Sega’s Crazy Taxi celebrates the dignity of a working-class job. How many people played this game when it was released, on the arcade and later consoles, and went on to at some point in their lives for whatever reason to drive cab drivers? And how many of these people took a pregnant woman to the hospital for a check-up during one of their routes? But I digress.
Crazy Taxi is in essence a child’s fantasy of what driving a car would be like as a job, and it is tremendous! Driving is ubiquitous in video games as a form of gameplay, but now it’s mainly relegated to being a fast travel method, or at best becomes a strict simulation as in Grand Turismo or Forza. The Burnout games tried to capture some of the madness of Crazy Taxi. In Burnout the appeal and sometimes the literal money shot is crashing and destroying your vehicle and others. The car, a machine designed with a specific purpose is reduced to just being a toy in the minds of privileged game developers. It’s fun, but it lacks imagination and is devoid of any awareness of society besides conspicuous consumption-fueled spectacle. Burnout is not a series about people, Crazy Taxi is.
Crazy Taxi sees the automobile as its original designers did as a tool for leisure that both individualizes and socializes speedy travel. The game’s developers Sega AM3, later shortly known as Hitmaker before being merged in 2004, also mused that cars are a tool to make money, and in the world of Crazy Taxi the rad chauffeurs can make more money than a CEO of a small company in only a few minutes of playtime.
Crazy Taxi rewards good performance with more gameplay. This is an arcade game after all and mastering the controls and learning the stages, memorizing which passenger to pick up at a specific place and time will award more playtime. Getting from point a to point b can be stressful. Few games solicit such a strong feeling of panic as the timer ticks down and the passengers holler “speed up!” even though you’re driving 80km on a 35km street while cutting traffic and plowing through public parks. The absurdity is profound. The only thing to do is embrace the crazy and get those NPCs to their hot date in now obsolete consumer goods stores. Though these stores are now defunct (R.I.P. Tower Records), our insatiable debouched consumerist and convenience-driven appetite has only gotten worst. Upon closer inspection, our planet and the working class are personified as the drivers in the game. Crazy Taxi is punk rock.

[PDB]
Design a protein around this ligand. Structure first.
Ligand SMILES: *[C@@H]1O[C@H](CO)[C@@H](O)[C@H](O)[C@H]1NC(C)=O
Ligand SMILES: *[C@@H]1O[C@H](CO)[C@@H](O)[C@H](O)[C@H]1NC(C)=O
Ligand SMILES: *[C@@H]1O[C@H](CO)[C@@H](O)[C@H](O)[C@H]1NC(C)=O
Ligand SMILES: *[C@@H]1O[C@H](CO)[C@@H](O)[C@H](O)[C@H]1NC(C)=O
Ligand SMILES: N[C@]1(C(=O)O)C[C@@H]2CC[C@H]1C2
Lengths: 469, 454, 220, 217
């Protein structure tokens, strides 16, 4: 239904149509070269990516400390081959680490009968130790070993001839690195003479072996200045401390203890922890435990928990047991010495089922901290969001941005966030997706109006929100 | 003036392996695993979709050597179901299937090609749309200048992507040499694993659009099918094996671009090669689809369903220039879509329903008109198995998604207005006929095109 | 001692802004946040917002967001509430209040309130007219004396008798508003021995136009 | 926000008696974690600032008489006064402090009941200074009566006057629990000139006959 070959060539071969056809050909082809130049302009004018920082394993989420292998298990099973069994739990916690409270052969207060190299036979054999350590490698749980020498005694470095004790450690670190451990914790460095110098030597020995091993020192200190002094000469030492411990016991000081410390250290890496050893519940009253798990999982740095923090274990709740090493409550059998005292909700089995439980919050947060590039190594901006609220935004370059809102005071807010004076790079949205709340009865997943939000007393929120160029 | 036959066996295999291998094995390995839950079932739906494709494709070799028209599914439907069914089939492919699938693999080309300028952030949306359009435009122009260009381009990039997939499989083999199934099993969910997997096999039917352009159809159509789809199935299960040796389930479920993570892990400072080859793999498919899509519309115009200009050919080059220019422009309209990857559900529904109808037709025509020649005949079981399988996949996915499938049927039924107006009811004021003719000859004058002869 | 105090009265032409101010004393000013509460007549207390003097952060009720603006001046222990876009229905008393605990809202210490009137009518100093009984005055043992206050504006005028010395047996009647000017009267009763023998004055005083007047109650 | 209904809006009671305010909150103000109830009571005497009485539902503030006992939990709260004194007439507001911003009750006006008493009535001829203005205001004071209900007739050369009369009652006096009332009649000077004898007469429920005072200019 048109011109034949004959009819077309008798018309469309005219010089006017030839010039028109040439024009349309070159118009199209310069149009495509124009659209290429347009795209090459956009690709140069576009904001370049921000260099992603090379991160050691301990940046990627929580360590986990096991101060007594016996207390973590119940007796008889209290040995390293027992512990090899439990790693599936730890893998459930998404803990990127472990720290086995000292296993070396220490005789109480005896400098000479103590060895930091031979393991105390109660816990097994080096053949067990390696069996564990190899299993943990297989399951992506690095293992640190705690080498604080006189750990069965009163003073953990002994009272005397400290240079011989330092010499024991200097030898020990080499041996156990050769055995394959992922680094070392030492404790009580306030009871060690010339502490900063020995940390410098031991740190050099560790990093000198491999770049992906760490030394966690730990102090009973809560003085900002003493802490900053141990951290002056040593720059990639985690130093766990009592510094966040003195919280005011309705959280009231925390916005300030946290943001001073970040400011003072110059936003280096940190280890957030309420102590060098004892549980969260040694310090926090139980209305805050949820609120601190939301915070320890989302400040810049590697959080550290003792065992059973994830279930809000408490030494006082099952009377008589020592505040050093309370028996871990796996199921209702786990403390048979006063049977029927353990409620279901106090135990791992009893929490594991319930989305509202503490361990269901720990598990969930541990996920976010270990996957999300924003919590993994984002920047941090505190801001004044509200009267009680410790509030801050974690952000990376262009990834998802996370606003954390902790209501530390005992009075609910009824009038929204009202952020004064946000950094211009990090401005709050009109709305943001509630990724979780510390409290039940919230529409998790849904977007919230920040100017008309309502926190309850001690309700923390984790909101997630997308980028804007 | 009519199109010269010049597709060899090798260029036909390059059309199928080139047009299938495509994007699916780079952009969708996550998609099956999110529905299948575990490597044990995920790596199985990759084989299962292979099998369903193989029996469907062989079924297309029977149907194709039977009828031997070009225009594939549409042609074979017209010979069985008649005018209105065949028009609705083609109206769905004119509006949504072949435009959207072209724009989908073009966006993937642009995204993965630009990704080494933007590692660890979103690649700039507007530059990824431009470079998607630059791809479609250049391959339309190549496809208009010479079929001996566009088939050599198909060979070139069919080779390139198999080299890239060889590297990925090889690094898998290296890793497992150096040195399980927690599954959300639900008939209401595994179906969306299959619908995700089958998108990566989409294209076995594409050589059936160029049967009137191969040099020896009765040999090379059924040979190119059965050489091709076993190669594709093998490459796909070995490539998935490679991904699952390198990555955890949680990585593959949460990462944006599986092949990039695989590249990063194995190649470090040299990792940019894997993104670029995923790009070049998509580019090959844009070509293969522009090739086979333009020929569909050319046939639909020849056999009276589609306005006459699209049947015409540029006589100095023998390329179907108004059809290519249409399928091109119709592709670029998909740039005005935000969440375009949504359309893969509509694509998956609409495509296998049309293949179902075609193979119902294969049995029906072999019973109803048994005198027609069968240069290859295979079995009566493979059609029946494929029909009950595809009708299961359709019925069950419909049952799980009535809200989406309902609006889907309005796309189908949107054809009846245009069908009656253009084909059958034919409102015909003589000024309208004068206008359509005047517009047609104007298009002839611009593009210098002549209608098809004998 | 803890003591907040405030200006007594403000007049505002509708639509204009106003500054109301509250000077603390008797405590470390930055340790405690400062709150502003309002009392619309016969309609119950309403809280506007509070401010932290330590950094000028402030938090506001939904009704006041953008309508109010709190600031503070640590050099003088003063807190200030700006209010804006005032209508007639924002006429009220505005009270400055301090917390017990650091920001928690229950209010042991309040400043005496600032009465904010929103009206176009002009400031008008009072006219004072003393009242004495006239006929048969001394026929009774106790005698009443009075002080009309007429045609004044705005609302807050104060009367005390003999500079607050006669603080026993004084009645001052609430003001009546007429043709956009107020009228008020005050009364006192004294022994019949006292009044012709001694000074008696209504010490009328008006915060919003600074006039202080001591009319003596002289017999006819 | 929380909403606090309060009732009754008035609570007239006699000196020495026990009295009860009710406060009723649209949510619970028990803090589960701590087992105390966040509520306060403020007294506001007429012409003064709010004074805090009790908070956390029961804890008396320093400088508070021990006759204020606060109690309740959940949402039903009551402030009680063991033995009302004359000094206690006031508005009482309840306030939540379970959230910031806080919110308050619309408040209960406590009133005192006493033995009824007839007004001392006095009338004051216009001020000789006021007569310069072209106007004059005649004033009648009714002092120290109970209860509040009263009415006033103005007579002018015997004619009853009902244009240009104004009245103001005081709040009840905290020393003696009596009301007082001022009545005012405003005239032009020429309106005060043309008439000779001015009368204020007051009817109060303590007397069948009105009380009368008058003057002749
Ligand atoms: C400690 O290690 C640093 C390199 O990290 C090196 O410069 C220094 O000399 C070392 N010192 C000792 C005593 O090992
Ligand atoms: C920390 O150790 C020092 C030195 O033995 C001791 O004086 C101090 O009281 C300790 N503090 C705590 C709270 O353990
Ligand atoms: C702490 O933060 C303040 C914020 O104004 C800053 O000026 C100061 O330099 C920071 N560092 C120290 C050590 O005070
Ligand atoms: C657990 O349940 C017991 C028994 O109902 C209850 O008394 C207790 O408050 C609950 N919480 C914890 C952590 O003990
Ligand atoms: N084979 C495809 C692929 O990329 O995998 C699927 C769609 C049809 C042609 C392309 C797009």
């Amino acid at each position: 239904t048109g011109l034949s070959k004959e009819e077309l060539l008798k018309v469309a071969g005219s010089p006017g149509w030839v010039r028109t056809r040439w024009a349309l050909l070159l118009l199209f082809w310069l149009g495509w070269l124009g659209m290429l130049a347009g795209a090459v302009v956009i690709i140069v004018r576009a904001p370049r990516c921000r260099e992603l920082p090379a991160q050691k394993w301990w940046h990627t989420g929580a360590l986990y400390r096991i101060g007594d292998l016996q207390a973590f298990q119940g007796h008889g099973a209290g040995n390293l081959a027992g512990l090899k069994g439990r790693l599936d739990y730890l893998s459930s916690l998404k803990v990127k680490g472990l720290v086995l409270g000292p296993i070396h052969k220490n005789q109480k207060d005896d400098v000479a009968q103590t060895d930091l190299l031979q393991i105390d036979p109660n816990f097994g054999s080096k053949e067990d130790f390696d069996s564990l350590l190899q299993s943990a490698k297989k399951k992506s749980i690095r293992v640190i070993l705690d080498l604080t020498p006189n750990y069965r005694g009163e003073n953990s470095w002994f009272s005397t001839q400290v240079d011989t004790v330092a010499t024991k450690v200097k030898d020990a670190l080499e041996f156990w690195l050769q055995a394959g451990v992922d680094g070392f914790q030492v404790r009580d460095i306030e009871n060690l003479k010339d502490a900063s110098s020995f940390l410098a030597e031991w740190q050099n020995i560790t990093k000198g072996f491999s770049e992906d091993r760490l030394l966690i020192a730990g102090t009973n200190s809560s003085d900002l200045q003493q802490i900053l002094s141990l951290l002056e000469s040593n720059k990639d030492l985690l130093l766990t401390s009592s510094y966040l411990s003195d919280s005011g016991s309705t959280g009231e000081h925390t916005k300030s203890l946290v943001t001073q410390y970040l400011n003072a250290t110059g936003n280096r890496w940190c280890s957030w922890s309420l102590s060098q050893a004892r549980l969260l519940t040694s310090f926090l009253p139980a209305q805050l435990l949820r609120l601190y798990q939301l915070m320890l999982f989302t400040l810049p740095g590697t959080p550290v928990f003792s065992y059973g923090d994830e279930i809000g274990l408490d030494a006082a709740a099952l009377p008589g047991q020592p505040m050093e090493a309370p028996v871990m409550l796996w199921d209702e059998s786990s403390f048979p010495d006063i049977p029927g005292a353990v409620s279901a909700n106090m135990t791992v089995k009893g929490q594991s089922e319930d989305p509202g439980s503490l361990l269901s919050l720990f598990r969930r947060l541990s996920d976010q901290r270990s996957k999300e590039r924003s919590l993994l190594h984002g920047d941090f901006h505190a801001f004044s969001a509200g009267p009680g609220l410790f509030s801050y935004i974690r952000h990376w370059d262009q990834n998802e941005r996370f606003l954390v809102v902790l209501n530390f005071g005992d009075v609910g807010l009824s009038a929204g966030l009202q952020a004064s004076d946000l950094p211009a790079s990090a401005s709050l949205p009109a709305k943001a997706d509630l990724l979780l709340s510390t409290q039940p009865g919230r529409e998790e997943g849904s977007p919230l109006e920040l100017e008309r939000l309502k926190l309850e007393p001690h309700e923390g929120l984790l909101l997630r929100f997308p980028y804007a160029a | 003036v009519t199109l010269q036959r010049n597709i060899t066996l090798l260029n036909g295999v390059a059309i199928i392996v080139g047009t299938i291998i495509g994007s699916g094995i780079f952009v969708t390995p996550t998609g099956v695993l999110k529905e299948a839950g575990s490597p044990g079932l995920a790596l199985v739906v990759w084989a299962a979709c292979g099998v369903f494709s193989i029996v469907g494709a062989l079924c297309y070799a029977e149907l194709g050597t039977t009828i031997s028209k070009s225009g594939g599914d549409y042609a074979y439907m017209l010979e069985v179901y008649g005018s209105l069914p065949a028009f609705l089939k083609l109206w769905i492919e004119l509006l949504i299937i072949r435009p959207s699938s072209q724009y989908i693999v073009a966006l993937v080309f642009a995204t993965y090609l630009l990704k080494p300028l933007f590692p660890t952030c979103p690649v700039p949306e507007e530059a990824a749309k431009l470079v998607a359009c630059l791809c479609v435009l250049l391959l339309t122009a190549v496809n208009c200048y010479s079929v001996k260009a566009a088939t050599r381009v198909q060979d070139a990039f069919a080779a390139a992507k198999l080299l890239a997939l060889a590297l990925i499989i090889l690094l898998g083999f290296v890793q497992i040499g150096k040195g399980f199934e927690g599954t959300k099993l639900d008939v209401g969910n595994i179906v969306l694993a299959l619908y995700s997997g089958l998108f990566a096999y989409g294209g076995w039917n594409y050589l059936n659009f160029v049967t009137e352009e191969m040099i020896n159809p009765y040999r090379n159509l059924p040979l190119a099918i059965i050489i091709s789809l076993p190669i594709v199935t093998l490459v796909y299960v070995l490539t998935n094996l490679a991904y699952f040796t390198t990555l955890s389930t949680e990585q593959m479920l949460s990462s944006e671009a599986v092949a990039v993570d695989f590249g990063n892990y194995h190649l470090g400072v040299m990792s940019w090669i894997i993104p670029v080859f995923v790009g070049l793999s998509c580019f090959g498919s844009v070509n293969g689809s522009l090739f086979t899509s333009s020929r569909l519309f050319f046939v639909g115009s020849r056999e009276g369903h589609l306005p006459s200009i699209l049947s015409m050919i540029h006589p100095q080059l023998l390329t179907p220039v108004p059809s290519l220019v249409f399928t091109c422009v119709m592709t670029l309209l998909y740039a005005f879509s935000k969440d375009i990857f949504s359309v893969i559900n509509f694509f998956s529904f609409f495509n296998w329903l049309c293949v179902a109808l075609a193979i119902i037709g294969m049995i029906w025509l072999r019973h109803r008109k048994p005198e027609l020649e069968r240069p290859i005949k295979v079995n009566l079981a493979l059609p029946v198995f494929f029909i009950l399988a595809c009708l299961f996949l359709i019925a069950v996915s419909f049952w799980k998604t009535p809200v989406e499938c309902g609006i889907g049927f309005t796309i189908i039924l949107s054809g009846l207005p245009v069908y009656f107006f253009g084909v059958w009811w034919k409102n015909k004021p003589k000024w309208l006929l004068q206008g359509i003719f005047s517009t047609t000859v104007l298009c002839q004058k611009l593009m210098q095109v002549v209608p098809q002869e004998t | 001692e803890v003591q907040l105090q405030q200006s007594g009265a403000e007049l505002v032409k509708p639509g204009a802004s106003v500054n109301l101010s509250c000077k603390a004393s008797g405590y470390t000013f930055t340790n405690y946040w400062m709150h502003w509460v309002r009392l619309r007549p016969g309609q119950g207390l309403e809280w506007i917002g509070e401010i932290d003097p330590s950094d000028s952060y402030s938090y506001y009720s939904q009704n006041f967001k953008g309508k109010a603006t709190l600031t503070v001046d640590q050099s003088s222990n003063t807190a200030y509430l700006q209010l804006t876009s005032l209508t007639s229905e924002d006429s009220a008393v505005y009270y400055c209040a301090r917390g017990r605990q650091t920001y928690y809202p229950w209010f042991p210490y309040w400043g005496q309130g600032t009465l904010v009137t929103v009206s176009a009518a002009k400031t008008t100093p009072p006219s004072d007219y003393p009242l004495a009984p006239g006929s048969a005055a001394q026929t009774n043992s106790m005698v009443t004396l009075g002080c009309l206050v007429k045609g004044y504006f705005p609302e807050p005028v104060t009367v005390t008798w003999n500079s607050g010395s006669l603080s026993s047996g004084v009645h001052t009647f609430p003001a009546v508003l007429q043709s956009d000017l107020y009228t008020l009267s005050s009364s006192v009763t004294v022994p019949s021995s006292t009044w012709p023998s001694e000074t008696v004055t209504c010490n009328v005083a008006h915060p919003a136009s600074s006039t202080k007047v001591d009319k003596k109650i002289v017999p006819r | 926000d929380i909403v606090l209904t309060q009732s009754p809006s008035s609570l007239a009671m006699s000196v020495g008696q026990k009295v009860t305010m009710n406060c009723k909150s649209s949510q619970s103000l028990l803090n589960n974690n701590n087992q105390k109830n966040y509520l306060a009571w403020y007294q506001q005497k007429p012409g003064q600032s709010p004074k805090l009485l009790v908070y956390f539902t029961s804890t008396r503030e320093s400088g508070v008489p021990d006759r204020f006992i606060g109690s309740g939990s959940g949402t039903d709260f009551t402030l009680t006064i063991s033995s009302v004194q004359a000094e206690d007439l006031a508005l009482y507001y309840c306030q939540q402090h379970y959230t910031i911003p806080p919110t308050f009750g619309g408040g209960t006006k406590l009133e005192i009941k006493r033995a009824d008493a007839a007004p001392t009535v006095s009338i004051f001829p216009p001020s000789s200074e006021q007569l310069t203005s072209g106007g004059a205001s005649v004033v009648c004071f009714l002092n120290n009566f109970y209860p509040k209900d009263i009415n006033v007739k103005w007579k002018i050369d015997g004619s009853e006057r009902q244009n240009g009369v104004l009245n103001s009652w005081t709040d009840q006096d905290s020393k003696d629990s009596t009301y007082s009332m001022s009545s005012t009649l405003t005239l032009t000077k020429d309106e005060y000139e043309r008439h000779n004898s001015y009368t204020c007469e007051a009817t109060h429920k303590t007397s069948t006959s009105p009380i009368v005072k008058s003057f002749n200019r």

An often-forgotten design choice of the game is that you are not rewarded when you hit other cars, though this happens a lot due to the random nature of how the cars generate and behave in the world. Crashing into a car is often penalized since it slows the player down. Optimal play in Crazy Taxi is fast, reckless, yet also avoidant of other vehicles. You get rewarded for just barely missing cars as you are frantically driving to your destination. Here is where the ideal state of play of the game lies: drive crazy but no matter how reckless you’re driving please be mindful of others. A tough balancing act for sure, to be good at this game requires refined reflexes.
Though Crazy Taxi presents us with a real-world setting and puts us in the role of a person performing a real-world job the game is still a fantasy. A fantasy that has taxi drivers make over 3,000 plus dollars in just a few minutes (excellent choice of numbers by the designers) even though in the process we are the worst (or best by the game’s logic) drivers the world has ever seen!
All that being said, though the GameCube version plays great, Crazy Taxi is best experienced in the arcade. Its best suited for breezy short sessions of play. The Soundtrack is evocative but can get repetitive when playing for longer than 30 minutes. The original soundtrack is 7 tracks long so you will hear each song a lot. Eventually, you will be ya ya yaing even when not playing the game.
Crazy Taxi is an adrenaline rush. Its blue skies, labyrinthine world, and speed make it an enjoyable experience in 2022. It puts respect and treats those that take us places as superheroes.